BY Terence Trouillot in Opinion | 09 JUN 23

Editor's Picks: Brandon Taylor’s ‘The Late Americans’

Other highlights include Martine Syms’s art-school satire and a nostalgic glance back at the indomitable Tina Turner

BY Terence Trouillot in Opinion | 09 JUN 23

Frieze Editor’s Picks is a fortnightly column in which a frieze editor shares their recommendations for what to watch, read and listen to.

Brandon Taylor, The Late Americans (2023)

I recently picked up Brandon Taylor’s highly anticipated third novel, which came out in the US last month and will be released in the UK on 22 June. Much like his debut novel Real Life (2020), The Late Americans takes its setting from academia, and revolves around a large cast of characters – including poets, dancers and mathematicians ­– intertwined in a tale of friendship, love and sex in Iowa City.  Although at times it’s hard to keep up with the various names and relationships that surface – characters come and go without warning – the writing is devilishly clever, fun and salacious. Admittedly, I’m a bigger fan of Taylor’s critical essays, but The Late Americans takes you on a wonderous ride through the doldrums and raptures of youth.

The Late Americans, 2023, Brandon Taylor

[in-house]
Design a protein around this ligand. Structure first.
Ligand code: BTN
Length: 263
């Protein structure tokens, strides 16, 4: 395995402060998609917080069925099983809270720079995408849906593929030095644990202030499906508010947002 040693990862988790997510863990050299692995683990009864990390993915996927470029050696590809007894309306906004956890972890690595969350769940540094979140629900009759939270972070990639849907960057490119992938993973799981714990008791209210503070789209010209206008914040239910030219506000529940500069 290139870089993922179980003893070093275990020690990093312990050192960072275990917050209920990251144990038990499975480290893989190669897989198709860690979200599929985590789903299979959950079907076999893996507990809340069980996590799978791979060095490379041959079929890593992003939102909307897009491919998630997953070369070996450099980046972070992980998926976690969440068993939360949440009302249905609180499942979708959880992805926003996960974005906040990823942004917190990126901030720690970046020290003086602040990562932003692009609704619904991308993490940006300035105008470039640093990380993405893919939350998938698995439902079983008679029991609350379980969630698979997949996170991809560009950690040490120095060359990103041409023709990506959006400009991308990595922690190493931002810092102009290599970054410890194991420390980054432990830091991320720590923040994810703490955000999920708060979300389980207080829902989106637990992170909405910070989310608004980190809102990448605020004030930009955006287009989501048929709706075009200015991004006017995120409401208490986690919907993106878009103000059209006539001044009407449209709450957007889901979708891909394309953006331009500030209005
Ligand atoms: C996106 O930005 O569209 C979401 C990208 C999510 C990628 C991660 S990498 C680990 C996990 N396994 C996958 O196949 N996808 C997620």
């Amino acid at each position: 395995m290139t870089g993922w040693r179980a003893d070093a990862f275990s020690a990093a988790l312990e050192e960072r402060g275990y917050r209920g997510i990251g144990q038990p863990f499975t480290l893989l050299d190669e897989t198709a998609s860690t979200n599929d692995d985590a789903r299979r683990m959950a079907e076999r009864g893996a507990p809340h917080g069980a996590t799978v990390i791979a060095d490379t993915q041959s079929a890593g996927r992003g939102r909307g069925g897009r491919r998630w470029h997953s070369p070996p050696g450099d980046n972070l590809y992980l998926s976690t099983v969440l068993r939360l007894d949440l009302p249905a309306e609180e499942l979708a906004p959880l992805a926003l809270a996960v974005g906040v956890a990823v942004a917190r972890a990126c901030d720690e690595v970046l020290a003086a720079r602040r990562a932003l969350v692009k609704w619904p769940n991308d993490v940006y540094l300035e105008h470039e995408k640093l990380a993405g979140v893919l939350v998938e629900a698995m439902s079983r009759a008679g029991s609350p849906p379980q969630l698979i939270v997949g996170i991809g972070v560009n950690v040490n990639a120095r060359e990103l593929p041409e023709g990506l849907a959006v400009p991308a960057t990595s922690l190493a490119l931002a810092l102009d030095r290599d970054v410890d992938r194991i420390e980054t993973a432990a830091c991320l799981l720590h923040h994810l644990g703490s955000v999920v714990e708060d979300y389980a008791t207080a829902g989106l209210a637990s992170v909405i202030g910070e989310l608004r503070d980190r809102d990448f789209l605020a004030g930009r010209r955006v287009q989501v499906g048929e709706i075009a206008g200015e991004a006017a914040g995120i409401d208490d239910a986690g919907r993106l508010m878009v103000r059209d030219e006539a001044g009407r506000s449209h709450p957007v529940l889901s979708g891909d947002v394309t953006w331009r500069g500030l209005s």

Brandon Taylor, The Late Americans, 2023, book cover. Courtesy: Riverhead Books

Martine Syms, The African Desperate (2022)

Last week, I finally took the time to watch Martine Syms’s first feature film, currently available to stream on MUBI. The African Desperate, which was widely released last October after a successful film festival run, follows young Black artist Palace Bryant – played to perfection by the artist Diamond Stingily – on her last day as an MFA student at an art school in upstate New York. The film, which sees Palace navigate an uncomfortable final crit and later consume a litany of drugs at a party, acts as blistering satire of the art world and, more pointedly, its MFA system. The result is at once outlandishly cringeworthy, hilarious and disturbingly real. I absolutely love it.

Martine Syms
Martine Syms, The African Desperate, 2022. Courtesy: MUBI

Tina Turner, ‘We Don’t Need Another Hero’

Much like my colleague Sean Burns, I’ve been listening to the 'Queen of Rock ‘n' Roll' on repeat since her passing last month. As a child of the 1980s, Tina’s songs, boisterous energy and blond shock of hair are seared into my memory, as if she has become part of my DNA. Hits such as ‘I Can’t Stand the Rain’ (1984), ‘What’s Love Got to Do with It’ (1984) and ‘The Best’ (1989) have an uncanny ability to transport me back to parts of my childhood I thought were long forgotten.

Tina Turner In 'Mad Max: Beyond Thunderdome'
Tina Turner in a scene from Mad Max Beyond Thunderdome, 1985. Courtesy: Warner Brothers/Getty Images

But one song seems to invade my soul with such urgency and grit that I can’t stop myself from listening to it again and again: ‘We Don’t Need Another Hero’ (1985). The song, from the film soundtrack for Mad Max Beyond Thunderdome (1985) – in which Turner also stars ­– is a triumphant ballad that, despite its allusions to the postapocalyptic universe of Mad Max, reaffirms selfhood and self-expression. It’s a song that has gotten me through some hard times and tremendous heartbreak.

Main image: Des Moines skyline and Iowa State Capitol Building at sunset. Courtesy: Getty Images

Terence Trouillot is senior editor of frieze. He lives in New York, USA.